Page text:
Monday, September 15, 2014
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The best Thatcher remembrance, from the most unlikely source you could imagine

The best Thatcher remembrance, from the most unlikely source you could imagine

This piece about growing up in Margaret Thatcher's Britain was truly remarkable. Here's an an excerpt:

Perhaps, though, Thatcher "the monster" didn't die this week from a stroke; perhaps that Thatcher died as she sobbed self-pitying tears as she was driven defeated from Downing Street, ousted by her own party. By then, 1990, I was 15, adolescent and instinctively antiestablishment enough to regard her disdainfully. I'd unthinkingly imbibed enough doctrine to know that, troubled as I was, there was little point looking elsewhere for support; I was on my own. We are all on our own. Norman Tebbit, one of Thatcher's acolytes and fellow "Munsters evacuee," said when the National Union of Miners eventually succumbed to the military onslaught and starvation over which she presided, "[We] broke not just a strike, but a spell." The spell he's referring to is the unseen bond that connects us all and prevents us from being subjugated by tyranny. The spell of community.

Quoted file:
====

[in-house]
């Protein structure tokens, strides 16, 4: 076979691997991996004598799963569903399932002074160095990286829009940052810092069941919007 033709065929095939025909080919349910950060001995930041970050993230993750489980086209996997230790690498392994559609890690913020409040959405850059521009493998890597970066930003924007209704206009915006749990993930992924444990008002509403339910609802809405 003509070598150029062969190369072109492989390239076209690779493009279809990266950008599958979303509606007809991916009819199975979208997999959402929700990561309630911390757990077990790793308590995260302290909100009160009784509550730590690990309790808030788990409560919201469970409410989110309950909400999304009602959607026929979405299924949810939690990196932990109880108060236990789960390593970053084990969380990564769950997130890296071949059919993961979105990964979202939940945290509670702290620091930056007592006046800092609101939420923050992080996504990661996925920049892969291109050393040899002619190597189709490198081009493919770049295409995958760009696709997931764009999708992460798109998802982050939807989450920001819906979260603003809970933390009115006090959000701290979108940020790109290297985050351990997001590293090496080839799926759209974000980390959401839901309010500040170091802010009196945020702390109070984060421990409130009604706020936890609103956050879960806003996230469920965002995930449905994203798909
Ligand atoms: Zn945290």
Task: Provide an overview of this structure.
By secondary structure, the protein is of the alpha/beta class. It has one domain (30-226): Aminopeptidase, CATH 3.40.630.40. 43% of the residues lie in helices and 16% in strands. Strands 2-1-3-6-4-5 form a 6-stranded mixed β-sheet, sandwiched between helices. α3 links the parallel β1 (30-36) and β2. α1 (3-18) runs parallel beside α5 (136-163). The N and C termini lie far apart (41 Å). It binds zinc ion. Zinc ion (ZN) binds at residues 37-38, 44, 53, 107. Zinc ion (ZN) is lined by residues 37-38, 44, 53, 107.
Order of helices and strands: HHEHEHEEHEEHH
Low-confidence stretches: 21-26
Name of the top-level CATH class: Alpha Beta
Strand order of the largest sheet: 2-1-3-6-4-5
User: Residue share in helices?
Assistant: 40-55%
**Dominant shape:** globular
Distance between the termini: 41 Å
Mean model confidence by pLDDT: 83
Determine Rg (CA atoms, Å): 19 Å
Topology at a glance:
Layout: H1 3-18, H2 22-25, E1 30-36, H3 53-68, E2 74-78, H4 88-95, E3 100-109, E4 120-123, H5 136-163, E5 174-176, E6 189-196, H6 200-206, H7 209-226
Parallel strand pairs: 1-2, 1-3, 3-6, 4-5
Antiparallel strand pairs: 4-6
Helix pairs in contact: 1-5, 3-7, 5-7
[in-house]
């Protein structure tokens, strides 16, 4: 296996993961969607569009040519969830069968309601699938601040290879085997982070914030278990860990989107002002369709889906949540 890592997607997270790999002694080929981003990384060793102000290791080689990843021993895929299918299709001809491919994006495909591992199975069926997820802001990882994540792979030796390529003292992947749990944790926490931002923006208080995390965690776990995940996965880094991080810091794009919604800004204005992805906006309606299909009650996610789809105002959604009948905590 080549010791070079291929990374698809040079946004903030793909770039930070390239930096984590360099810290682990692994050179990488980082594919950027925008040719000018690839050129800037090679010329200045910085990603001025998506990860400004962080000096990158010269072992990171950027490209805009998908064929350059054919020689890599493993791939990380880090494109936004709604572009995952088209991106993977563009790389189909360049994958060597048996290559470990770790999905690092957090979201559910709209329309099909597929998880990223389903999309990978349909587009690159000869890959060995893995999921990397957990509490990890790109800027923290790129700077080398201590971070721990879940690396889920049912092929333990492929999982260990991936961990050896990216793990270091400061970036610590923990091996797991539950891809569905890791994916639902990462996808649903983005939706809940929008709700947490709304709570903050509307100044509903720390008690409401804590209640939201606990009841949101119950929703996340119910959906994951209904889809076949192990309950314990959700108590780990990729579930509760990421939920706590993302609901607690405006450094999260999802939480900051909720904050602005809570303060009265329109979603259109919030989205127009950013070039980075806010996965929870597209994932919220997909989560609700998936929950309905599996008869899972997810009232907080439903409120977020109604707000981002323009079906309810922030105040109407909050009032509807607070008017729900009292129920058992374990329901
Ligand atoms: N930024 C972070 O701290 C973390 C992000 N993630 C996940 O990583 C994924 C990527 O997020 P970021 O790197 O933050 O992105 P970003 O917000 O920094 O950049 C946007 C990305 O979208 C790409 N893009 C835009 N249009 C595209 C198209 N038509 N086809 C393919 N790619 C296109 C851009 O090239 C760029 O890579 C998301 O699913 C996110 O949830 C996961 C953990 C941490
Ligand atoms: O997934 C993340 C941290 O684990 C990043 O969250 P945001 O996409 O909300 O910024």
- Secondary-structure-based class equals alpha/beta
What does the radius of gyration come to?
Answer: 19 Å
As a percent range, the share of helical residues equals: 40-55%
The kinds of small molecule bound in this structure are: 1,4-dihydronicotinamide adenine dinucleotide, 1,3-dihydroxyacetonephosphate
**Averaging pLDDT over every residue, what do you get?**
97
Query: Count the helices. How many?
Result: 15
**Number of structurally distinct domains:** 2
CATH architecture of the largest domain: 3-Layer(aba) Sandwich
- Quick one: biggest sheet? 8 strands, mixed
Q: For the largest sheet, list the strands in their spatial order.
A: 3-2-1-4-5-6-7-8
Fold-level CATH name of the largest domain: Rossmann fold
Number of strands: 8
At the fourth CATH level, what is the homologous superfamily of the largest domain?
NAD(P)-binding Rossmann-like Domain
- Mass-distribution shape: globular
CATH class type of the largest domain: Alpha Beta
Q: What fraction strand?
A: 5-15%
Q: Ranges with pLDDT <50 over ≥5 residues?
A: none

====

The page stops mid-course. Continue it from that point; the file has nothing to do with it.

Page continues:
Oh yeah, the author of this excellent essay?

This guy.

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